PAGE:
Now that the Republicans have, with enormous reluctance, plumped for Romney, who’s going to win in November? It would be tempting to fall in with the common wisdom that Romney, with so many of his own side hostile towards him, cannot beat the president. But with the election seven long months away, events could upset this cosy mindset. Leaving aside game-changers like the veep choices and catastrophes such as an Israeli attack on Iran, Obama is hardly a shoo-in.
Crunching poll numbers doesn’t help much. One supposed rule is that a president needs to have a more than 50 per cent approval rating to be re-elected. By that measure, according to the latest polls, which are all at least a month old, Obama squeaks by with an average of 51.1. But as recently as 11 March, the CBS/New York Times poll gave Obama just 41.
Another golden rule is that no president with unemployment at more than 7 per cent can be re-elected. (The exception was Reagan, but he broke all the rules.) Right now, 8.2 per cent of Americans are jobless and the figure will not drop below seven by November. Will voters credit Obama with heading off a full-blown Great Recession, when tens of millions would have been thrown out of work? Unlikely. As Gordon Brown found, it’s hard to take credit for averting a disaster that didn’t happen. And Americans are even less forgiving. The killer question they ask is, “What have you done for me lately?”
What about the swing states – Florida, Ohio, Virginia, Wisconsin and Colorado – where elections are traditionally decided? Trying to get your head around the variables can drive you nuts. For instance, it’s hard to win the White House without snaffling Florida’s 29 electoral votes – just ask Al Gore – but unemployment in the Sunshine State is 9 per cent and the housing market is still in a deep slump. Little wonder Obama has made 16 visits since taking office. But Romney will be anointed at the GOP convention in Tampa, Florida, and if he picks as his sidekick the Florida senator Marco Rubio, the current favourite, the race will be as tight as a cheap suit.
It is said, “As Ohio goes, so goes the nation”, so the good news for Obama is that unemployment there is below the national average. But Ohio is an overwhelmingly white state in an election where the president’s skin colour remains an important, if sublimated, issue. The trial of Trayvon Martin’s killer may come to a head as the election enters the back straight. Then there are Virginia and Colorado, traditional Republican redoubts thrust into the front line by demographic shifts. Meanwhile, Wisconsin’s governor’s battles with organised labour has polarised the state as never before, which makes it, too, a toss up. Making sense of an electoral map in flux can do your head in.
One major uncertainty in November is how the southern evangelical right will take to Romney’s Mormonism. Many Christians believe the Church of Jesus Christ of Latter-day Saints is, like Scientology, a crazy cult. And it will take some explaining that until his thirties Romney was a bishop in a church that, among its tenets, considers women second-class citizens, until 1978 refused to allow black people to worship, obliges its members to wear special underwear, and thinks Christ will pick Missouri for His Second Coming.
So far Romney has dodged questions about his Mormonism, citing prejudice against John Kennedy’s Catholicism as a precedent. But now the race has begun in earnest, it seems unlikely he will be able to maintain his vow of silence much longer. Obama faced awkward questions about listening to Jeremiah Wright’s racist poison every Sunday and he continues to be dogged by a belief held by one in four Americans that he is a Muslim.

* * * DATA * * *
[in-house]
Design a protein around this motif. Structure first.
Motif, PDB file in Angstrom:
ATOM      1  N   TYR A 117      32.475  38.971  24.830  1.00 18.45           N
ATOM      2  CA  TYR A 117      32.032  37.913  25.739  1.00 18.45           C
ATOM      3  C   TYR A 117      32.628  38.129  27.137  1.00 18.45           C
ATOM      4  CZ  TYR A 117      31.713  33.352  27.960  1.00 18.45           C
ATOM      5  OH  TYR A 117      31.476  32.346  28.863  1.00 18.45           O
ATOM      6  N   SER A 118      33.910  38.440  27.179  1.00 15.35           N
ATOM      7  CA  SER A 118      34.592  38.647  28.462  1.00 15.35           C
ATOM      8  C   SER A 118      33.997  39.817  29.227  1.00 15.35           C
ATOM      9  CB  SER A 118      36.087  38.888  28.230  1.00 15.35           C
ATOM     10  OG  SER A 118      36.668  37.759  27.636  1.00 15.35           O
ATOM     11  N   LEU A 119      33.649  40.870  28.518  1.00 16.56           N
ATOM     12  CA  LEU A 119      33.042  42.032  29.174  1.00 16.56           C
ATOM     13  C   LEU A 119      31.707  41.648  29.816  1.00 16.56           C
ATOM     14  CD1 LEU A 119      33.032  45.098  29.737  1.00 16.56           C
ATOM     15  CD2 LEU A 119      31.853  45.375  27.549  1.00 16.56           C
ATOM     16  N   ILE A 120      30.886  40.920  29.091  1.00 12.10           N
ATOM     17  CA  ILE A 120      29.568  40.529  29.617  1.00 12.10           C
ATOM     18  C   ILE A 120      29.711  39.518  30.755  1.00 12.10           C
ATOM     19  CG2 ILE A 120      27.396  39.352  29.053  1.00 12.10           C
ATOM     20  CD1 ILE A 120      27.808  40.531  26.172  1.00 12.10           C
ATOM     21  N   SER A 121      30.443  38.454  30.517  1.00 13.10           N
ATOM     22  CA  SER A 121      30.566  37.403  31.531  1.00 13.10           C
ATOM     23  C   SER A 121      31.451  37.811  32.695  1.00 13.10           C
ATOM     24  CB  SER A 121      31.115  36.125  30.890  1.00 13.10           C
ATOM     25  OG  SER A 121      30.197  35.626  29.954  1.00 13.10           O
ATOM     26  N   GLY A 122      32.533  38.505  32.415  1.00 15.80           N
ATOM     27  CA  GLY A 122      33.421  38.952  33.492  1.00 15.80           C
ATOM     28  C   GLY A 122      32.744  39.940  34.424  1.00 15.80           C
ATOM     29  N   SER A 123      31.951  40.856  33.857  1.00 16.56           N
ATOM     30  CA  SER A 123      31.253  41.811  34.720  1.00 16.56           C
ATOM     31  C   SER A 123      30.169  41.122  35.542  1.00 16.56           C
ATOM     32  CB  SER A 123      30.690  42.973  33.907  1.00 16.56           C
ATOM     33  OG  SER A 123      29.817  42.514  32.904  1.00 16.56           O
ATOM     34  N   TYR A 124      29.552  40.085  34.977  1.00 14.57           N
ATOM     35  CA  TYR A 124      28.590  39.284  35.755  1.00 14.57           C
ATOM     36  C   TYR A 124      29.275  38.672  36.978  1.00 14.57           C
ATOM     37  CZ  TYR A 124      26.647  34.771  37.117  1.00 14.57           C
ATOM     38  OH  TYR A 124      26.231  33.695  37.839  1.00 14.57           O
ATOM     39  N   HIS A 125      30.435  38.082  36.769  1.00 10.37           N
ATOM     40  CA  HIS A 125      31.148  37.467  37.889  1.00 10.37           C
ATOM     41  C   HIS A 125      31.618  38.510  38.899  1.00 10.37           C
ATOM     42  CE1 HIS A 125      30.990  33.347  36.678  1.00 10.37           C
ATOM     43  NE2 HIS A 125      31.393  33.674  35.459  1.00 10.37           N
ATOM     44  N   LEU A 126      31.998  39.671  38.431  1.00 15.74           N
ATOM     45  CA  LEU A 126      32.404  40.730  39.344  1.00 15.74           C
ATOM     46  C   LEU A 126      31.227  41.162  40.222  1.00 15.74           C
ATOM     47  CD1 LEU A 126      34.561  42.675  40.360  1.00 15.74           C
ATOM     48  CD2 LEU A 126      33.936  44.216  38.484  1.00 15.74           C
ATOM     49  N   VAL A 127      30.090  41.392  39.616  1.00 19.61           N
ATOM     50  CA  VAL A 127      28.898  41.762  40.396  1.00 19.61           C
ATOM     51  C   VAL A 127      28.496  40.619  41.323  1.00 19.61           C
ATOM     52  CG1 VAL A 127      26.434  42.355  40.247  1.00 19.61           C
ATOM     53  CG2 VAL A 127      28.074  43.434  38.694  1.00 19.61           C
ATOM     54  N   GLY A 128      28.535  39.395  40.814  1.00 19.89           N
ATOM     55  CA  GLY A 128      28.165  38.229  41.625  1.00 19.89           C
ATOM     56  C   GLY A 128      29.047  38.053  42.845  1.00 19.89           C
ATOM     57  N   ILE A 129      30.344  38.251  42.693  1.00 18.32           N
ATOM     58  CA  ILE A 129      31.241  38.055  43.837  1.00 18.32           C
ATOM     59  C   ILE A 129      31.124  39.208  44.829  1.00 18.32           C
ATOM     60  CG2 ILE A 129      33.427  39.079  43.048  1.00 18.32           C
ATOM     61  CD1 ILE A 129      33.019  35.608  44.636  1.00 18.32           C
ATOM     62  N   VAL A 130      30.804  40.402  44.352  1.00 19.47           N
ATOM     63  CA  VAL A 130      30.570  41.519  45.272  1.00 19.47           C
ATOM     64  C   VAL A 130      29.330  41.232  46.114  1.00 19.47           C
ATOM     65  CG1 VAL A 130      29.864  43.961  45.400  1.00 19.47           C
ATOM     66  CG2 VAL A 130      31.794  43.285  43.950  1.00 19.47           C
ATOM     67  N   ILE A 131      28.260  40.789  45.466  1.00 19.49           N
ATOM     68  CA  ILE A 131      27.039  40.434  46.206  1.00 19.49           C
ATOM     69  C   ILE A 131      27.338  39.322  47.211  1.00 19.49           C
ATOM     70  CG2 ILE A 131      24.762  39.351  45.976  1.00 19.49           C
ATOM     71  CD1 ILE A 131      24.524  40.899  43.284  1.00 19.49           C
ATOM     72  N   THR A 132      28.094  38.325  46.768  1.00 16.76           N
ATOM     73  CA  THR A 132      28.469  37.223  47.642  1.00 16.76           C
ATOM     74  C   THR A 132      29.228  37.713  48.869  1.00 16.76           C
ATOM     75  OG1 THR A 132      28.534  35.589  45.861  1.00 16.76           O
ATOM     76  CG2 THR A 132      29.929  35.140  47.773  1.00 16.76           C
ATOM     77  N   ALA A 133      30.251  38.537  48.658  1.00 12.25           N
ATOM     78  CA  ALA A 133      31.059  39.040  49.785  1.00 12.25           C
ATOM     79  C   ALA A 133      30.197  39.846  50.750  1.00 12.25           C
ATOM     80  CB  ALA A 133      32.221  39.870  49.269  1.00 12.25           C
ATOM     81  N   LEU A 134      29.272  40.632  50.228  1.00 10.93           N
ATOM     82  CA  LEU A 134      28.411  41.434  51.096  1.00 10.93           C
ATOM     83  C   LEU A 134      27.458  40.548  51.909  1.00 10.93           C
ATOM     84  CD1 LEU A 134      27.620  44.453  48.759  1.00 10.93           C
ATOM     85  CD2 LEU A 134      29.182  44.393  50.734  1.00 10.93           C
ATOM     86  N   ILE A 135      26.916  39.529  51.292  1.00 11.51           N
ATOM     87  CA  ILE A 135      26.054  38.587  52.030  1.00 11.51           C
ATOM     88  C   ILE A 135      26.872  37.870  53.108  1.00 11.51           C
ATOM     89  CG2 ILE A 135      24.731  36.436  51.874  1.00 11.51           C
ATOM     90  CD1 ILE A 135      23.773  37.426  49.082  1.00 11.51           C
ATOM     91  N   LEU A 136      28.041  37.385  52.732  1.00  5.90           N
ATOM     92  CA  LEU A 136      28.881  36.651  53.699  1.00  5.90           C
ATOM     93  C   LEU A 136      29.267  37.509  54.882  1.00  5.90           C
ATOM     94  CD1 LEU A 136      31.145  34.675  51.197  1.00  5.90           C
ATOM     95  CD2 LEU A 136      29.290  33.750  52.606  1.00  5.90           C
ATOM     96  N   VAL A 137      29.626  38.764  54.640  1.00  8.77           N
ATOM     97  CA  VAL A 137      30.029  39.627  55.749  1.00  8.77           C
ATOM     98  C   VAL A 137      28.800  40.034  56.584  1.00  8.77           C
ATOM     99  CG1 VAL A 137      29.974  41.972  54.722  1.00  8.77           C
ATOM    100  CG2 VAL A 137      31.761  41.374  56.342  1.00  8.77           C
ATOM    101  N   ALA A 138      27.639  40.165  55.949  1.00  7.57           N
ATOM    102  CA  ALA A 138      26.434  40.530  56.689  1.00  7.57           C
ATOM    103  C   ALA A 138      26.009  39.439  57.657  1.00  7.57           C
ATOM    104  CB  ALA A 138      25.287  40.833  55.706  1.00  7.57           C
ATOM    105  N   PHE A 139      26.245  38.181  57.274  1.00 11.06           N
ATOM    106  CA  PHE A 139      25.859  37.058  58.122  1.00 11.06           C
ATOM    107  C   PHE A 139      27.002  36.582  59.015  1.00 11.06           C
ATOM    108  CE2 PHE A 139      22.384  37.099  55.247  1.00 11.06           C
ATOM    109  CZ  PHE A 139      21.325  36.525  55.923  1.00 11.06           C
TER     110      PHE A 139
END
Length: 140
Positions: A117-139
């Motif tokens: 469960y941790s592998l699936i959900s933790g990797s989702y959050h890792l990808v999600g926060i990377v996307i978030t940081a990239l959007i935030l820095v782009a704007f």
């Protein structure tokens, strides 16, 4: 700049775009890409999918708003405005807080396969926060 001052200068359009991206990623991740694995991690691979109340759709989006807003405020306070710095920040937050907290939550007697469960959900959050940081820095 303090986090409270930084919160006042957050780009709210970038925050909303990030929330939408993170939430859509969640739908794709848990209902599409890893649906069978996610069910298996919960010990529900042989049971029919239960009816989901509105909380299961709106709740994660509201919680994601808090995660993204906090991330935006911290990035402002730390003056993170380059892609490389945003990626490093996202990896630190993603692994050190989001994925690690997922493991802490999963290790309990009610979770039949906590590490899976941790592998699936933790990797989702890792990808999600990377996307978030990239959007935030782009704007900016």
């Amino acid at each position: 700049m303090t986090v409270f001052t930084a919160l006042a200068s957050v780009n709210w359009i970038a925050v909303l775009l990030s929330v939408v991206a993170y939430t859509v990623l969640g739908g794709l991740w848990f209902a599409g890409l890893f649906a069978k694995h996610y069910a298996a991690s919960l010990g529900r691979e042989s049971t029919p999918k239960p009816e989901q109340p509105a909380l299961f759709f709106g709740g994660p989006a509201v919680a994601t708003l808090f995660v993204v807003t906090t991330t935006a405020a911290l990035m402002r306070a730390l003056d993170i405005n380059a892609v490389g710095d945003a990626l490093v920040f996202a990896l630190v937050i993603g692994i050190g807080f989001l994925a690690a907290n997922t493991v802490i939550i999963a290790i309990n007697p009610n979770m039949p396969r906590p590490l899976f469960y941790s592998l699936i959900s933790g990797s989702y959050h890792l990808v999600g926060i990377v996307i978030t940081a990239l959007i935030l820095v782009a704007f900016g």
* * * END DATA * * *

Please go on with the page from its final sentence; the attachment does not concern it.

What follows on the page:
In fact, Romney’s Mormonism didn’t have that much effect on primary voters. In Maryland and Wisconsin, white evangelicals split about equally between Romney and the fundamentalist Christian Rick Santorum. And when it comes to that old canard that Mormons supposedly approve of, polygamy, Romney has been adamant: “I can’t imagine anything more awful.” Perhaps Romney agrees with the stand-ups: “What’s the difference between a married man and a bigamist?” “Nothing. Both have one wife too many.”
Hits and missus
Talking of Ann Romney, on the stump she’s become Romney’s secret weapon. It’s classic, “loved her, hated him” stuff. While he’s awkward among strangers, she’s a natural retail politician, eager to try to convince voters her husband of 43 years is not a starchy, stilted stuffed shirt. And when she was attacked by an Obama surrogate for not having done a day’s work, she spoke for all mothers when she said bringing up five boys was hardly a vacation.
Still, Romney is going to have to row back fast from some of the “War on Women” policies he has gone along with to win the nomination, such as unequal pay and womb scans for women about to have an abortion. Currently in the battle over women’s votes, Obama leads by 19 points. One wife may not be enough.
The Clinton card
Which brings me to Hillary. Until about six months ago there was a lot of whispering among Democratic high-ups that Obama was considering switching Joe Biden and Clinton, with Biden becoming secretary of state and Clinton the vice president. Then cold water was showered on the idea. Hillary, who has let it be known she will not continue at state, was too tired. She needed to spend more time with Bill, whose heart surgery has left him dented. Even if she was thinking of running in 2016, she needed a break, to think, to raise money, to plan her campaign.
Now the whispers have started again. If Obama is far behind in the polls come the summer, among women, among blue-collar workers, in states such as Ohio and Michigan, don’t be surprised if Biden and Clinton trade places. As the conservative commentator Michael Goodwin put it, “All he’s got to do is beg”.
Nicholas Wapshott’s “Keynes Hayek: the Clash that Defined Modern Economics” is published by W W Norton